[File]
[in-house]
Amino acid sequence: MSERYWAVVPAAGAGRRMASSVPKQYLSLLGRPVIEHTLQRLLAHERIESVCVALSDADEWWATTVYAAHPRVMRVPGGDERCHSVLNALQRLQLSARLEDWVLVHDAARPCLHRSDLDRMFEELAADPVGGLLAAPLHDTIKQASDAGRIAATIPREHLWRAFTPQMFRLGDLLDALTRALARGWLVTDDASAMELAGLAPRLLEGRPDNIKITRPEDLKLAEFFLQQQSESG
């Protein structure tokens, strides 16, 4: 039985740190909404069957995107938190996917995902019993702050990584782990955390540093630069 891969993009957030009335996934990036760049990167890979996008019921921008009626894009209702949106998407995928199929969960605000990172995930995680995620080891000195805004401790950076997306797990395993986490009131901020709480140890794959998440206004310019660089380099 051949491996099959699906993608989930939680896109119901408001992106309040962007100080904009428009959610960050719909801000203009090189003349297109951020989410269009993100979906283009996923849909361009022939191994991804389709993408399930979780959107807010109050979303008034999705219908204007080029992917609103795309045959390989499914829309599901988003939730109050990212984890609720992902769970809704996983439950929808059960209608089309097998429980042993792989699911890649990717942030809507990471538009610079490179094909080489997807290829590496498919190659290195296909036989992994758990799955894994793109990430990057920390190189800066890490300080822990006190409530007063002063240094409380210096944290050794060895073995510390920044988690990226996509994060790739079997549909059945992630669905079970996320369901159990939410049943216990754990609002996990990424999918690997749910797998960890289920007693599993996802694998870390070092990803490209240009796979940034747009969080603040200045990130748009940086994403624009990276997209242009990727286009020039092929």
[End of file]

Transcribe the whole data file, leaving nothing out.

[in-house]
Amino acid sequence: MSERYWAVVPAAGAGRRMASSVPKQYLSLLGRPVIEHTLQRLLAHERIESVCVALSDADEWWATTVYAAHPRVMRVPGGDERCHSVLNALQRLQLSARLEDWVLVHDAARPCLHRSDLDRMFEELAADPVGGLLAAPLHDTIKQASDAGRIAATIPREHLWRAFTPQMFRLGDLLDALTRALARGWLVTDDASAMELAGLAPRLLEGRPDNIKITRPEDLKLAEFFLQQQSESG
């Protein structure tokens, strides 16, 4: 039985740190909404069957995107938190996917995902019993702050990584782990955390540093630069 891969993009957030009335996934990036760049990167890979996008019921921008009626894009209702949106998407995928199929969960605000990172995930995680995620080891000195805004401790950076997306797990395993986490009131901020709480140890794959998440206004310019660089380099 051949491996099959699906993608989930939680896109119901408001992106309040962007100080904009428009959610960050719909801000203009090189003349297109951020989410269009993100979906283009996923849909361009022939191994991804389709993408399930979780959107807010109050979303008034999705219908204007080029992917609103795309045959390989499914829309599901988003939730109050990212984890609720992902769970809704996983439950929808059960209608089309097998429980042993792989699911890649990717942030809507990471538009610079490179094909080489997807290829590496498919190659290195296909036989992994758990799955894994793109990430990057920390190189800066890490300080822990006190409530007063002063240094409380210096944290050794060895073995510390920044988690990226996509994060790739079997549909059945992630669905079970996320369901159990939410049943216990754990609002996990990424999918690997749910797998960890289920007693599993996802694998870390070092990803490209240009796979940034747009969080603040200045990130748009940086994403624009990276997209242009990727286009020039092929």